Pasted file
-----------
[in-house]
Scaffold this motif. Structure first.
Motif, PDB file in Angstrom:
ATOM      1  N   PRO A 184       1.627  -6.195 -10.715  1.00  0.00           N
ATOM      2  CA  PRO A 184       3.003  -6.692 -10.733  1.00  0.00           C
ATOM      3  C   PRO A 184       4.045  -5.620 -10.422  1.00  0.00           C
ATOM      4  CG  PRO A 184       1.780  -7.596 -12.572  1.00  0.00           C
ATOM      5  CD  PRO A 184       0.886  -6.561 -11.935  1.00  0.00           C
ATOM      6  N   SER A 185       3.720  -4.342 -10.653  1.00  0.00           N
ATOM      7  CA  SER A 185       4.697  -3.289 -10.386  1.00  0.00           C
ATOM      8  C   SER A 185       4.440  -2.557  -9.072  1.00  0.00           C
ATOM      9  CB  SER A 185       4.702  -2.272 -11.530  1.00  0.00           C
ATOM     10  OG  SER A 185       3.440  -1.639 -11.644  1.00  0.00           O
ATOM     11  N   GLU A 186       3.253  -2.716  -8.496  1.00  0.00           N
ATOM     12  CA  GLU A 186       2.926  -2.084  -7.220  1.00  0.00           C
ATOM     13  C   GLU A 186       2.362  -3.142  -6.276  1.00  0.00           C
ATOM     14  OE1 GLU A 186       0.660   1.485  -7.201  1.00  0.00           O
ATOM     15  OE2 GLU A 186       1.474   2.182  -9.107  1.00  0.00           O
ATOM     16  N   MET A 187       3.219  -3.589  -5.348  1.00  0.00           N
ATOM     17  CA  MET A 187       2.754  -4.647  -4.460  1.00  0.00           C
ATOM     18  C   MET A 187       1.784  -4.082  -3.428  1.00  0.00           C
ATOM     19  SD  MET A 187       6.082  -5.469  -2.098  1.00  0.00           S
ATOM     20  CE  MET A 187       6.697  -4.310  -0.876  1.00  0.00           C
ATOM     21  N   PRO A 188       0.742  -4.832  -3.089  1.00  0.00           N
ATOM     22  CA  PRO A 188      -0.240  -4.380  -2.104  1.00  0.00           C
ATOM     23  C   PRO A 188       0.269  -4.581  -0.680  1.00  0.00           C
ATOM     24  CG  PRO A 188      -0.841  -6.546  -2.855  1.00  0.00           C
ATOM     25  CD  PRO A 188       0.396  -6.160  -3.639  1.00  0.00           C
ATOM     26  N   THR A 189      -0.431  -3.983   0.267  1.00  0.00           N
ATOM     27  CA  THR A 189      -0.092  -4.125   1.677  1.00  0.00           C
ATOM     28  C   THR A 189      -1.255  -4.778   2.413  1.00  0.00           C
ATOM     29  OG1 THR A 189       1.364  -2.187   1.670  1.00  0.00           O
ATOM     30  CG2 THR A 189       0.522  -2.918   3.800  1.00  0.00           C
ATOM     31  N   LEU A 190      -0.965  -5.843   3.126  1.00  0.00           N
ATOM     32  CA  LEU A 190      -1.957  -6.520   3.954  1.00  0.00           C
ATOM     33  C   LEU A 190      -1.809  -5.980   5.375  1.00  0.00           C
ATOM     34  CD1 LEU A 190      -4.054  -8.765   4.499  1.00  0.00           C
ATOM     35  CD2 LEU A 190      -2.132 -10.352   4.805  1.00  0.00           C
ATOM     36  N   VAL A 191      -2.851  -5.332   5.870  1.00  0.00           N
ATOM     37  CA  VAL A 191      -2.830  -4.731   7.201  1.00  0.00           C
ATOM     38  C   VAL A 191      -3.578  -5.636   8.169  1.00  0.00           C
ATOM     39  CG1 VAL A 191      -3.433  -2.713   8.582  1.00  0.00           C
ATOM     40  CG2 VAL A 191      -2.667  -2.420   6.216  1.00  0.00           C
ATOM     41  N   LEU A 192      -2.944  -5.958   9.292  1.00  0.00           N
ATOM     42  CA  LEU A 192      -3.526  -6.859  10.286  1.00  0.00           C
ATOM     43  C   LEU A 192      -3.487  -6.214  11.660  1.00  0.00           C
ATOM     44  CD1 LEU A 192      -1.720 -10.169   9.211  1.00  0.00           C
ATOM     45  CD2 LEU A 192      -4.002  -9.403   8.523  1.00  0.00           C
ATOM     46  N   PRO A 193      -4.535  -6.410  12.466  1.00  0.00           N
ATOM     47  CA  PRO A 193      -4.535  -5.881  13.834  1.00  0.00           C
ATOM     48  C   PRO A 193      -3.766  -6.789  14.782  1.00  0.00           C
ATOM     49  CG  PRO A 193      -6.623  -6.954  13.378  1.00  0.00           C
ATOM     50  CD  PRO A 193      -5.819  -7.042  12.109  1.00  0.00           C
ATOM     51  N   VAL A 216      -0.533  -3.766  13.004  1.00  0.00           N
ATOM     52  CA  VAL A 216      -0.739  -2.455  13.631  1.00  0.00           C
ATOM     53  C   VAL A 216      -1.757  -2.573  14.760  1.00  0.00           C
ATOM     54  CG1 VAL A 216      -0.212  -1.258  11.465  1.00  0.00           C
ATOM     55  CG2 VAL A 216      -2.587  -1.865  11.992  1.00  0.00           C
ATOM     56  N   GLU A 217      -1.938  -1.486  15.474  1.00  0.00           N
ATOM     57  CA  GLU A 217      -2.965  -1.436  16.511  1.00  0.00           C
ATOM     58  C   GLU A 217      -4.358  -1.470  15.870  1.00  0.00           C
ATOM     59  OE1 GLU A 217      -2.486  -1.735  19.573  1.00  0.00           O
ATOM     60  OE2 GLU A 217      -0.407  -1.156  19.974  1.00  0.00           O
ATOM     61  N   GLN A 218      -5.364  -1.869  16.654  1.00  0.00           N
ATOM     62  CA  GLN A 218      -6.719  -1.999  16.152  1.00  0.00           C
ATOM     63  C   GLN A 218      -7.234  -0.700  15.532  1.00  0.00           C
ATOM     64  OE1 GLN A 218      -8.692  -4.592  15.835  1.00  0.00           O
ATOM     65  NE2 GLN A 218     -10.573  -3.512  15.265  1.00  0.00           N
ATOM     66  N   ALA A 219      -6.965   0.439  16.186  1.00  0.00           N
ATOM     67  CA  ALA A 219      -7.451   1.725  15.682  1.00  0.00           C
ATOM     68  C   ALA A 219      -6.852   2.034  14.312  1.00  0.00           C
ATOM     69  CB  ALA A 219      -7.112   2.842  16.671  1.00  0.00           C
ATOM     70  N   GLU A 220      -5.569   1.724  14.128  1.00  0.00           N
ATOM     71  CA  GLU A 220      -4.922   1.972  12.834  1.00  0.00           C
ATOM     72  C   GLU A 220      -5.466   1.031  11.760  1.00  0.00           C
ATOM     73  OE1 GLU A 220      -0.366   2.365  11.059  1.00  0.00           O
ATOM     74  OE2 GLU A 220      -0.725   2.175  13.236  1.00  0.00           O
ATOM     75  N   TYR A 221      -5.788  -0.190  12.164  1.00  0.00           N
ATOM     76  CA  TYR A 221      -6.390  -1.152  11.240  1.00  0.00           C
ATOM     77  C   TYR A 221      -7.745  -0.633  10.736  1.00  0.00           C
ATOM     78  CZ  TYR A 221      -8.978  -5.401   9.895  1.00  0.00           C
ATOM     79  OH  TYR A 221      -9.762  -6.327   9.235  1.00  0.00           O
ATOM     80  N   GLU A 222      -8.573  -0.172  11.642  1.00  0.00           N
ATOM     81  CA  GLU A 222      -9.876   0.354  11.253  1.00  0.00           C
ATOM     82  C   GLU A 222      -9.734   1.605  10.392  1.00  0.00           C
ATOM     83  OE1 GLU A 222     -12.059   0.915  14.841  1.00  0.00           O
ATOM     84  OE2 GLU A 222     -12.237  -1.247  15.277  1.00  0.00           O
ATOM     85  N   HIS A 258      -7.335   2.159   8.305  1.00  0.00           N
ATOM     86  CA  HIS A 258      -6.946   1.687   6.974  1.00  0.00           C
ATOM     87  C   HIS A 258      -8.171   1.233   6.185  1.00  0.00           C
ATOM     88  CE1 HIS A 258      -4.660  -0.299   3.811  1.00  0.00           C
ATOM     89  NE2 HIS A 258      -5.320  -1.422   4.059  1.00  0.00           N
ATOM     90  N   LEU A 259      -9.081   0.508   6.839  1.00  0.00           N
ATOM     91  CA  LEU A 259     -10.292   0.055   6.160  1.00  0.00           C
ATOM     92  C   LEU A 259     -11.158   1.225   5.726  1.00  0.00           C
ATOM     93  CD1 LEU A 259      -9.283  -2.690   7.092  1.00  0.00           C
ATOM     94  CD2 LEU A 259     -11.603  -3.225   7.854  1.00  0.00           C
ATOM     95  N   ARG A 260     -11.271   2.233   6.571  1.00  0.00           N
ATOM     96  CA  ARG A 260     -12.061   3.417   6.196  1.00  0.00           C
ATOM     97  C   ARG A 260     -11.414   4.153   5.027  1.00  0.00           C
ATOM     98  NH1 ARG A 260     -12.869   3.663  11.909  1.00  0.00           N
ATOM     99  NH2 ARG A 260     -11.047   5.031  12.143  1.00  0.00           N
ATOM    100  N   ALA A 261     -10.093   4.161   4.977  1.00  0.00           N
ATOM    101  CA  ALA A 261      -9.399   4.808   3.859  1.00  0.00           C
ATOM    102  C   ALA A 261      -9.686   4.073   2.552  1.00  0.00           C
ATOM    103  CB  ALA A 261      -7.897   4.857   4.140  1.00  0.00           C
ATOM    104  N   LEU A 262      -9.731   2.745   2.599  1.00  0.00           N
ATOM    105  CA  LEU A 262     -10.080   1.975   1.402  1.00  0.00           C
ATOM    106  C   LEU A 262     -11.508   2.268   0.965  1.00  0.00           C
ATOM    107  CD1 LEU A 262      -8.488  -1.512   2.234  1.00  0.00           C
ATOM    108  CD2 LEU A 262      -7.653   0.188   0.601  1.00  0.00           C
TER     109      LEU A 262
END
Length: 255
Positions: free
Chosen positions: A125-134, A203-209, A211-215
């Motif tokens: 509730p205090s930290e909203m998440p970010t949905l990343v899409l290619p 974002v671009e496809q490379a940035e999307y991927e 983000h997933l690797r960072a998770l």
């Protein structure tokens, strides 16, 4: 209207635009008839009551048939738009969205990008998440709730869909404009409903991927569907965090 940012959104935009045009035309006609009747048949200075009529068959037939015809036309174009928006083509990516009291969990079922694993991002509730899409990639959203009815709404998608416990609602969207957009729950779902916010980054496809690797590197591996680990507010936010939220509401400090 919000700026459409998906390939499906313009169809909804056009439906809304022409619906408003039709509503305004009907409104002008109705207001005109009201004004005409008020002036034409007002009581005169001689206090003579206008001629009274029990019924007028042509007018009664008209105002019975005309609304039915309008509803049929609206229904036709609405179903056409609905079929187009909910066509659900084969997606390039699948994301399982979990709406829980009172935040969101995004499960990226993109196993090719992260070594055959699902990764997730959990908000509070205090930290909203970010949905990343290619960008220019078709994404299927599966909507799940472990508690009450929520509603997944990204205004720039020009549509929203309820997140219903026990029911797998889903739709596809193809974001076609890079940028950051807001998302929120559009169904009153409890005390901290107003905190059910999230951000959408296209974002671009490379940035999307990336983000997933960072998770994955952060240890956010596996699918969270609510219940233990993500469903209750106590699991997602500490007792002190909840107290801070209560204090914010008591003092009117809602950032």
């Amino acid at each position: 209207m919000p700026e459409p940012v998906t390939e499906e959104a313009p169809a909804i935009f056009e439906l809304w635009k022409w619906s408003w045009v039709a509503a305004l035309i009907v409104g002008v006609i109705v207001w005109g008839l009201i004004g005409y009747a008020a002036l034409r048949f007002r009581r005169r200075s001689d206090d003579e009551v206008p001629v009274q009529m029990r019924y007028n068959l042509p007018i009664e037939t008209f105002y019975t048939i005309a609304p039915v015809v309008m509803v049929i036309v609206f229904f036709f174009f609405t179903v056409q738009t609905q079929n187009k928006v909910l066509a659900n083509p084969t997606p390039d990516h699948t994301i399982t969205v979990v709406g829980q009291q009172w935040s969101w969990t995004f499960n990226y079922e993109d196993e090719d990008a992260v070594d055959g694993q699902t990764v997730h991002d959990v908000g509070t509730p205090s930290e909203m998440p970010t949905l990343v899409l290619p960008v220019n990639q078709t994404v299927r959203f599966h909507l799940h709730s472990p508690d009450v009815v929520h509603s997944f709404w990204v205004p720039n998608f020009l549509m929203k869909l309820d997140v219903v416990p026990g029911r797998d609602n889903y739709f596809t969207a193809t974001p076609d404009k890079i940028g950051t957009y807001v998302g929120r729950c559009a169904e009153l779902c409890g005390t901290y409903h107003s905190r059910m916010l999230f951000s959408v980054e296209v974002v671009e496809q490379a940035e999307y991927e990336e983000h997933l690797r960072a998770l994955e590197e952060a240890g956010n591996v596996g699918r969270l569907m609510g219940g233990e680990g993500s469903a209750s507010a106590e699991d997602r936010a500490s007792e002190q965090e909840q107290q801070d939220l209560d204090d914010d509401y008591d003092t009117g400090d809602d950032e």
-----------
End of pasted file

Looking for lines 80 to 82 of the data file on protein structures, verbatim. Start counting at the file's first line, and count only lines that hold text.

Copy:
ATOM     77  C   TYR A 221      -7.745  -0.633  10.736  1.00  0.00           C
ATOM     78  CZ  TYR A 221      -8.978  -5.401   9.895  1.00  0.00           C
ATOM     79  OH  TYR A 221      -9.762  -6.327   9.235  1.00  0.00           O